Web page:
After the introduction of the oil embargo, Russian oil products will pour into Europe
Russian crude oil imports to Asia skyrocketed in September. Usually such news give hope for the expectation of demand and, accordingly, price reduction, but this time everything is more difficult. Moreover, the behavior of importers is connected not so much with the need in Asia itself, but with the demand in Europe.
Oil supplies to Asia increased by more than 2 million bpd last month, Reuters' Clyde Russell reported in his op-ed, noting that China and Singapore account for the bulk of imports. Then the analyst emphasizes that at an unusual time, Chinese oil refineries were unscheduled and then launched, they were technical service. In view of the imposition of an embargo, all these preparatory work and the purchase of raw materials only indicate that in the winter there is a colossal work to be done for export. Of course, to Europe.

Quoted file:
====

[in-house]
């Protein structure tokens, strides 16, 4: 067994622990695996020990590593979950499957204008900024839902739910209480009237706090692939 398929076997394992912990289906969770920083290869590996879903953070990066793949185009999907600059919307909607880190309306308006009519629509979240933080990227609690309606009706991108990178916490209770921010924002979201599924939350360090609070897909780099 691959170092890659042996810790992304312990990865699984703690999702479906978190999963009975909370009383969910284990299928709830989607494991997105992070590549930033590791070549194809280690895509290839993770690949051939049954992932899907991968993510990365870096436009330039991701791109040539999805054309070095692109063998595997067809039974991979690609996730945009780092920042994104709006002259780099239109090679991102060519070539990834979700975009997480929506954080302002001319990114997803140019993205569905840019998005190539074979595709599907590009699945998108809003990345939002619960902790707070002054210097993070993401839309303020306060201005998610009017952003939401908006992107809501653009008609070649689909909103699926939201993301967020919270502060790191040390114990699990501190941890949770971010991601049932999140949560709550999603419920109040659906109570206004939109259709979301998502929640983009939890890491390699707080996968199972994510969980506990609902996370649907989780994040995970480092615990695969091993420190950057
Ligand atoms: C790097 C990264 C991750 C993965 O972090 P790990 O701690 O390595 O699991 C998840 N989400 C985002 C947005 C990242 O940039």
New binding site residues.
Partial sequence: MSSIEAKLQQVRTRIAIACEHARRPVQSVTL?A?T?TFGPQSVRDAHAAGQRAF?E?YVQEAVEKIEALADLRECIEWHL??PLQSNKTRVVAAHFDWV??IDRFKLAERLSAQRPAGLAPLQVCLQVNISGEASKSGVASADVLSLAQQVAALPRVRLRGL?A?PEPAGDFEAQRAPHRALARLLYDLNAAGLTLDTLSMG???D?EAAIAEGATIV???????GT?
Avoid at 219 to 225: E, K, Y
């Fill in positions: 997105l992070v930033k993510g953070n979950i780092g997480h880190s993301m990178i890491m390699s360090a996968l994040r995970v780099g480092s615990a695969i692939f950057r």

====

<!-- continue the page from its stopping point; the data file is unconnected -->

In other words, after the introduction of an oil embargo on Russian oil, products from it will pour into Europe from Asia. Europe is already grappling with diesel shortages as it tries to avoid Russian fuel ahead of the embargo, and global supplies remain tight. Therefore, it turns out that Russian raw materials will be redirected to other countries, including Asia and South America, satisfying part of the demand there. However, most of this fuel will go to Europe, although it will come from China.
Something similar could be expected: almost everything that Europe does against Russia turns against itself, despite the fact that economic relations remain either at the same level, or simply change.
According to experts, there has been an ironic turn in the history of relations between Europe and the Russian Federation: Russian oil will not stop flowing to the EU, no matter what Brussels does to stop this flow. Unless the European Union pays an extremely high price for its adventures, but it cannot avoid the supply of Russian products in one form or another.
- Photos used: pxfuel.com